Agnes Ayres does not like to have anybody sing in her dressing room. But her chief faith in luck is bound up in a wonderful Columbia Clock which has been in her family for years. It is a marvelous mechanism, being made entirely of wood and although of a great age is still running. Miss Ayres firmly believes that her success depends upon the possession of this clock, and so carefully, does she guard the treasure she will not even allow it to be photographed. Her movie colleague, Rudolph Valentino has declared to friends he has no superstitions. But one might wonder why he waited until 14 March to be married to the delightful Natacha Rambova when he could of done so on the 13th as well. Perhaps the fascinating Mrs. Valentino objects to the fatal number. Who knows might be because his first wedding ceremony took place on 13 May. Douglas Fairbanks, Sr. has no faith in crystals or superstitions. Gloria Swanson loves black cats and so tender was her care of the original two pets of the Lasky Studio they sent for all their friends, in-laws, and descendants until 327 cats now live on the lot. This is lucky for the butcher and the cats. Theodore Kostloff treasures a pre-war ten rouble gold piece, now worth $2 million in paper money. Bebe Daniels grandmother has a wonderful collection of dolls and few people know this is a direct result of Bebes belief that good luck follows the purchase of a new doll. Lila Lee is very superstitious about the beginning day of a new film. If she leaves her home in the morning, forgetting something important, she will not turn back herself, but send a messenger after she reaches the studio.
When I first met Valentino I was amazed to find not the romantic hero, but just a boy, quite frank and sincere. Why, he is only a child! At first, I was disillusioned, but in another way I liked him the more. There were two distinct Valentino’s – Rudy the artistand Rudy the man. The one was swashbuckling cavalier who flashed across the screen into the hearts of millions. The other was a simple boy with a childish sensitiveness often mistaken for weakness by the un-discerning and the prejudiced. American men, particularly had no use for him. They looked down on him, criticized him, which hurt him for he was anxious to be liked; he wanted friendship and respect. Had they taken pains to know him, they would have given him both; but he couldn’t talk business, politics, or the stock exchange. He had no mentality for such things. They lay beyond his grasp because he had utterly no interest in them.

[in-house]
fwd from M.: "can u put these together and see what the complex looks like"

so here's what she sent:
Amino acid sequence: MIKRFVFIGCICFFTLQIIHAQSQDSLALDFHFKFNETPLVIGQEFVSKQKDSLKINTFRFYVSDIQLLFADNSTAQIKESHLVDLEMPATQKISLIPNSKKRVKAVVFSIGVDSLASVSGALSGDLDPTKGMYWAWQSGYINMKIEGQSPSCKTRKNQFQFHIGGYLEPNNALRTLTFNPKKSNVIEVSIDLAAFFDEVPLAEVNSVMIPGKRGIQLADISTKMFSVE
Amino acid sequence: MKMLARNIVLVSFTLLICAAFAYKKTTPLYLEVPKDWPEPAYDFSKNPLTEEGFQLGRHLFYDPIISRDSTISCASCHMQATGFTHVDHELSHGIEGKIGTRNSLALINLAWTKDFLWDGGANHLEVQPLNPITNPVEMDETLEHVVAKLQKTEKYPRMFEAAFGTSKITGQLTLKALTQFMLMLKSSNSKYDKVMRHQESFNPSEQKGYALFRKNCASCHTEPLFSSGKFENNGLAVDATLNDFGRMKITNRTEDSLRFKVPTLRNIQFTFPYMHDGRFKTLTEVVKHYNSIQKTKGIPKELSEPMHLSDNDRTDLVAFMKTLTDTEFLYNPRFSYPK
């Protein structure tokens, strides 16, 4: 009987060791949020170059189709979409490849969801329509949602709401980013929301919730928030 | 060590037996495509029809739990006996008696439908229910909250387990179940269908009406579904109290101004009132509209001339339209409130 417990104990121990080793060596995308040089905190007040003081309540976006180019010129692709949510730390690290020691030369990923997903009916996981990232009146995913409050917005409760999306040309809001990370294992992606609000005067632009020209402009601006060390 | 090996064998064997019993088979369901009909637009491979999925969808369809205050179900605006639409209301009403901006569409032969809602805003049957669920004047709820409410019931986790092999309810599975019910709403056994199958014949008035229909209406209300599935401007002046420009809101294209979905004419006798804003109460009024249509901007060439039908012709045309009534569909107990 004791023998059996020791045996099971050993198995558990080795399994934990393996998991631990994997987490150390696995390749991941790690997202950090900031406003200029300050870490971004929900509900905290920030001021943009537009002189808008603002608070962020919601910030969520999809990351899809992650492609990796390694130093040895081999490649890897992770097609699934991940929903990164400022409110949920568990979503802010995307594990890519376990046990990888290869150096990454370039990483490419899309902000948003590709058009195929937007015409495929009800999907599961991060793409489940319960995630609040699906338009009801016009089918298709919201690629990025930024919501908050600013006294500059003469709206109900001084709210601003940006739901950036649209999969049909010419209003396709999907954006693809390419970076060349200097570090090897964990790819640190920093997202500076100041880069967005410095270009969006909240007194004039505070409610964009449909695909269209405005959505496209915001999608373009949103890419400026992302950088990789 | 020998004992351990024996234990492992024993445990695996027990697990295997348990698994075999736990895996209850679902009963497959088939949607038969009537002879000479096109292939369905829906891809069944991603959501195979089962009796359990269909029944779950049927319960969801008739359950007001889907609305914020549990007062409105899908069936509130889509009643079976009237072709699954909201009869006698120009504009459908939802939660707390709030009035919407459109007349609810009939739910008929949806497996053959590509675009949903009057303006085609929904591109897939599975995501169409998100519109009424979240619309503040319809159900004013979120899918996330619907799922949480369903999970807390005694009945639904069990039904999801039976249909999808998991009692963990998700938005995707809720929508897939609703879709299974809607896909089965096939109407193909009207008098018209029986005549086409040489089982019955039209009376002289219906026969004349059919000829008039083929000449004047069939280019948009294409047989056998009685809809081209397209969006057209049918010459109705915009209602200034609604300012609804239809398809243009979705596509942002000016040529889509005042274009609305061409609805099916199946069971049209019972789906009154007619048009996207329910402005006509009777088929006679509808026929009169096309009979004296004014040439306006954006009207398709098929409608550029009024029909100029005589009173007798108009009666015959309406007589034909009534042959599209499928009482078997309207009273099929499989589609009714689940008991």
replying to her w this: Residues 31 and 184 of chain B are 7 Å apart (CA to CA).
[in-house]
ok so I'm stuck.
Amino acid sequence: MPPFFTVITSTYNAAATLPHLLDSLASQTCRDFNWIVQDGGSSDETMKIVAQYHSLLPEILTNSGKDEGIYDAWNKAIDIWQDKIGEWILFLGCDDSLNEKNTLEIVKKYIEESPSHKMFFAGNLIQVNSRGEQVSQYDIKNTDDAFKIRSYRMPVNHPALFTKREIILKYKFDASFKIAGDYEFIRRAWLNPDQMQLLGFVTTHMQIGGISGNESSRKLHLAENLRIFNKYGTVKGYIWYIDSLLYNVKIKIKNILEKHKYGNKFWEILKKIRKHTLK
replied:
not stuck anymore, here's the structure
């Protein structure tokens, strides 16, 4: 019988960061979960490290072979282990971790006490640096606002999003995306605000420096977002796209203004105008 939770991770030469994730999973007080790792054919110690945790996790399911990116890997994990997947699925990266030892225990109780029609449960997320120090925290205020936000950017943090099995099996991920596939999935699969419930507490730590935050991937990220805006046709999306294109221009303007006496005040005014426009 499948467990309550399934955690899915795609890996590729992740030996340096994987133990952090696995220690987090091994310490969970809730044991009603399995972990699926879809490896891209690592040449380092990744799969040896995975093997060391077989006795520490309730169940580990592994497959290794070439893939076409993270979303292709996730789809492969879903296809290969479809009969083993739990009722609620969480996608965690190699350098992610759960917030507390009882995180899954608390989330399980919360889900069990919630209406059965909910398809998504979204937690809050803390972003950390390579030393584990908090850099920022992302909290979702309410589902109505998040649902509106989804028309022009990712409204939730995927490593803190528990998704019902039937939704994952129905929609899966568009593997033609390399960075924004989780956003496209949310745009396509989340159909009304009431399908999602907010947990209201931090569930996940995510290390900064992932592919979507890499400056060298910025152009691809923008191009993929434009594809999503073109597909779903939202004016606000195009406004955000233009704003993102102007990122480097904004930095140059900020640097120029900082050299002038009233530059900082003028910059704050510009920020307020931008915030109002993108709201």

Full of color and romance is “Monsieur Beaucaire” which will be screened at Wests on Saturday, with Rudolph Valentino and Bebe Daniels in the leading roles. It is an elaborate screen version of the popular play, which has been adhered to with remarkable fidelity. There is plenty of suspense in the picture, and an exciting combat between Valentino and six opponents. The Court of Louis, XV, forms a brilliant background for the action, and abounds in colorful scenes, depicting the mad, merry life in that famous court. Ordered to marry the Princess Bourboun-Conti, the Duc de Chartres, played by the star reuses. His efforts to resist the Kings guards provide some of the most thrilling moments that have graced the screen. Hugh sets were constructed for the picture, and the costuming and mounting throughout are on a lavish scale.
Dayton patrons of the Colonial Theater ought to feel very proud to know they have been the first in the middle west to see ‘Rudolph Valentino’ newest photoplay, “A Sainted Devil”. Even New York City has not had a chance to see this photoplay, which, by the way, is one of the most interesting this idol of the screen has yet made. This is a South American picture of contrasts the hacienda life of the Argentine contrasted with the smart social set of Buenos Aires, the Paris of the South Americas. This picture has fire and dash with the added charm of Valentino.